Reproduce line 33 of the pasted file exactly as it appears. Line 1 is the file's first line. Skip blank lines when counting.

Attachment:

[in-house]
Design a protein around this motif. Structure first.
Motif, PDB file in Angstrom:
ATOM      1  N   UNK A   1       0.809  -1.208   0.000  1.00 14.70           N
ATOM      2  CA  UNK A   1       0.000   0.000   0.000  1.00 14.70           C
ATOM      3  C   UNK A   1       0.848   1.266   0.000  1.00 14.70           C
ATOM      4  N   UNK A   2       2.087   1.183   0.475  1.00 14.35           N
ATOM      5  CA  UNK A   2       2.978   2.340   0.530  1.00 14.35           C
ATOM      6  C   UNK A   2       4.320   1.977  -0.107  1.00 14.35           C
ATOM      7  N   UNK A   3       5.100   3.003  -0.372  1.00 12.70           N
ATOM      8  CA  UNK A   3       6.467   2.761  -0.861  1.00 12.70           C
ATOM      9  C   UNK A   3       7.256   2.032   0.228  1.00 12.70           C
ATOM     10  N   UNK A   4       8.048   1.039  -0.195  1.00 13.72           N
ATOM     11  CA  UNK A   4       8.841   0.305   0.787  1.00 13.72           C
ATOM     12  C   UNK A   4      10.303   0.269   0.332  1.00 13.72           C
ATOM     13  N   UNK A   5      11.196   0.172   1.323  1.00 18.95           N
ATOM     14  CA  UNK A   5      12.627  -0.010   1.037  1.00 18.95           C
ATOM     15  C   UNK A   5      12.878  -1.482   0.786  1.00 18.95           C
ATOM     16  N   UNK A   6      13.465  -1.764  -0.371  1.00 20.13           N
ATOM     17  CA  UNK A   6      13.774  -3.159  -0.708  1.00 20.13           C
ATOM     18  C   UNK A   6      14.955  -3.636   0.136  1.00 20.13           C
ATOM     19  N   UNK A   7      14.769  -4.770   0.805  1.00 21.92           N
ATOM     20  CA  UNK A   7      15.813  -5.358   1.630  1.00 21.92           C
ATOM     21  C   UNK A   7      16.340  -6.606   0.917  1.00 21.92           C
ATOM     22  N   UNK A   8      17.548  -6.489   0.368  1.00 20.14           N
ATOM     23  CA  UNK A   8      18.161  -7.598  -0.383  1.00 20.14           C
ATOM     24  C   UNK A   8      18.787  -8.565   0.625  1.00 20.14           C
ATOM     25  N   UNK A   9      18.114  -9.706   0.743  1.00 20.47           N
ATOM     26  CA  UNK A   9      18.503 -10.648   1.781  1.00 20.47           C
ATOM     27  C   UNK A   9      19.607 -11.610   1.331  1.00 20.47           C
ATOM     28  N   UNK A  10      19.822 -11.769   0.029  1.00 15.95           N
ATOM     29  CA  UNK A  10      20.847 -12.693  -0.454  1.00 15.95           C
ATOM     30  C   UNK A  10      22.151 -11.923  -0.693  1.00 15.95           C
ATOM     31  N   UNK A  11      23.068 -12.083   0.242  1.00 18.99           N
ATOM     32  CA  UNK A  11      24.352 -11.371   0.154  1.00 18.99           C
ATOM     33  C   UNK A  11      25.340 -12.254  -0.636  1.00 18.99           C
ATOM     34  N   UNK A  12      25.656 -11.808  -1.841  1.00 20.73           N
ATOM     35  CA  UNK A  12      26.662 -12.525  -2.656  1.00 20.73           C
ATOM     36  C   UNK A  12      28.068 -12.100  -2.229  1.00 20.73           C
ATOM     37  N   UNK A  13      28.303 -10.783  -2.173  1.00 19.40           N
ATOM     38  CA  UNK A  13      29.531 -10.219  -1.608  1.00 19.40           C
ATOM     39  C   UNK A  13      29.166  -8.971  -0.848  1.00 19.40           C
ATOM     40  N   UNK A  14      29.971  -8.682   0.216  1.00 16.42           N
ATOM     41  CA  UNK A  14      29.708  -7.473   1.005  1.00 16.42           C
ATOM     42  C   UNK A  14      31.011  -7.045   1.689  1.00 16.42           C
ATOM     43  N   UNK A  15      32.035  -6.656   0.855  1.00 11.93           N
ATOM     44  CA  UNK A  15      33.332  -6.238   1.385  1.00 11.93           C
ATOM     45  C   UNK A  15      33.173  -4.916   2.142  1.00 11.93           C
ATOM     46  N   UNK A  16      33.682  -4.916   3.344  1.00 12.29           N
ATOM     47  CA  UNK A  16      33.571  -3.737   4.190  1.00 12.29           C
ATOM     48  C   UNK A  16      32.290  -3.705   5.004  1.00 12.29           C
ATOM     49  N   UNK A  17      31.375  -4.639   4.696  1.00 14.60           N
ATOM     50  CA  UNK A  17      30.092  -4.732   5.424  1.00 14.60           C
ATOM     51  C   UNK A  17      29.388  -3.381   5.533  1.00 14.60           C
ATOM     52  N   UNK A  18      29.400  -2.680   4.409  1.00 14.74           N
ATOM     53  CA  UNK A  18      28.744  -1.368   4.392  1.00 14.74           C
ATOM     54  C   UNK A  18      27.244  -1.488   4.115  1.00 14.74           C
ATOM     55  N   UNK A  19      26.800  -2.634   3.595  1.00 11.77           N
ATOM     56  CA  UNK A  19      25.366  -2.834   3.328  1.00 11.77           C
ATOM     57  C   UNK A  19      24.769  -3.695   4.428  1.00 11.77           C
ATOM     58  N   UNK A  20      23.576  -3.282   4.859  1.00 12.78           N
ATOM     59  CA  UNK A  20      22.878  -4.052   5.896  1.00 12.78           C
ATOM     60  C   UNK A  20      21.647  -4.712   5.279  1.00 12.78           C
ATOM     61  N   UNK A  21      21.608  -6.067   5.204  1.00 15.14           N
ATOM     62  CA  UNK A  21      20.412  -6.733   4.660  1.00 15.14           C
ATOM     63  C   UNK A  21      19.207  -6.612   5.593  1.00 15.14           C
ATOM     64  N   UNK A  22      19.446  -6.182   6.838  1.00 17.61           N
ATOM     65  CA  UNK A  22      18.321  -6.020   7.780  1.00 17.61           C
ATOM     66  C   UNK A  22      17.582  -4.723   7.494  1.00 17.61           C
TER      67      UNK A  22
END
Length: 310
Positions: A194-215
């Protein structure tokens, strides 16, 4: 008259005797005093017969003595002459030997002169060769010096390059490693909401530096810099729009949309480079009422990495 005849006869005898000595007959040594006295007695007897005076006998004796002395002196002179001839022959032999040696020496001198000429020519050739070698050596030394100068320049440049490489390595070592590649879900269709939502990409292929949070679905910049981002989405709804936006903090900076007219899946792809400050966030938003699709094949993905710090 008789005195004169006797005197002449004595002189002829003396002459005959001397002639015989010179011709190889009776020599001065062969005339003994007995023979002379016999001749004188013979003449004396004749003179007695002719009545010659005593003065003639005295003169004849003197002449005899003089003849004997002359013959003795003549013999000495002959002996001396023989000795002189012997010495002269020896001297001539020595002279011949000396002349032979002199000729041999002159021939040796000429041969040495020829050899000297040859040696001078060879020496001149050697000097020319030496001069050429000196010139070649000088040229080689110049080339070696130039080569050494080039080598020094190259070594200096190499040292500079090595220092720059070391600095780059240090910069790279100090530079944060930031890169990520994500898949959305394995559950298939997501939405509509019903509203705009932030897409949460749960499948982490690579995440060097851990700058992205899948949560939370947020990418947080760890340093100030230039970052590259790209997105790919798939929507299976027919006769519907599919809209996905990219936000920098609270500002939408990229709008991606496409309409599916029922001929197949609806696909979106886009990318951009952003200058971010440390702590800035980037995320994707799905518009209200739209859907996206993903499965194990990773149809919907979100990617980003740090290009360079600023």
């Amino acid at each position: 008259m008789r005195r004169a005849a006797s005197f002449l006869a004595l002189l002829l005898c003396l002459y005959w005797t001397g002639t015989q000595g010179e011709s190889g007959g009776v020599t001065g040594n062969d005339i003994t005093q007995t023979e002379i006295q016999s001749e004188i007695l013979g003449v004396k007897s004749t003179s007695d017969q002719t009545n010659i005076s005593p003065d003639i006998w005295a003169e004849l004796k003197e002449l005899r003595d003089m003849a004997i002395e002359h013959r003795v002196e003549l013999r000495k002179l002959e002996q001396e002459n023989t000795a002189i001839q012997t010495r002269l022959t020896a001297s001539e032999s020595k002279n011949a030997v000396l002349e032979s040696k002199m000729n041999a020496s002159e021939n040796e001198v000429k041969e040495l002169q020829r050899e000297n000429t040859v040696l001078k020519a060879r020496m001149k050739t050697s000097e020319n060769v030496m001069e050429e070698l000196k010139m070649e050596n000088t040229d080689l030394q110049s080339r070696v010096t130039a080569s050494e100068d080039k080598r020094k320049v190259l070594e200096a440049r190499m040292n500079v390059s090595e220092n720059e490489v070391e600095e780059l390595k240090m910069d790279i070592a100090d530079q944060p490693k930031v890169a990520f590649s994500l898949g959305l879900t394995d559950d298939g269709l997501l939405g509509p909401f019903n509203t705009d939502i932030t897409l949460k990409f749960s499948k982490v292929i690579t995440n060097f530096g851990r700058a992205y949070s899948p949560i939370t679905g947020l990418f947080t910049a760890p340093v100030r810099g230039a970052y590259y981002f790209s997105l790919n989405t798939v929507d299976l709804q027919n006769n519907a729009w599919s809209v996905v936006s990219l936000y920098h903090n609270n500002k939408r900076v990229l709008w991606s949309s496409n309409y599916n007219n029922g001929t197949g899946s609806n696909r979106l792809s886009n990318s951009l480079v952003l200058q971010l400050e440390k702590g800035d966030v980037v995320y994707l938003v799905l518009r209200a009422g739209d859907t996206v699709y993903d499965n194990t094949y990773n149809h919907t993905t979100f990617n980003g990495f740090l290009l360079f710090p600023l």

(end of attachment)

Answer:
ATOM     30  C   UNK A  10      22.151 -11.923  -0.693  1.00 15.95           C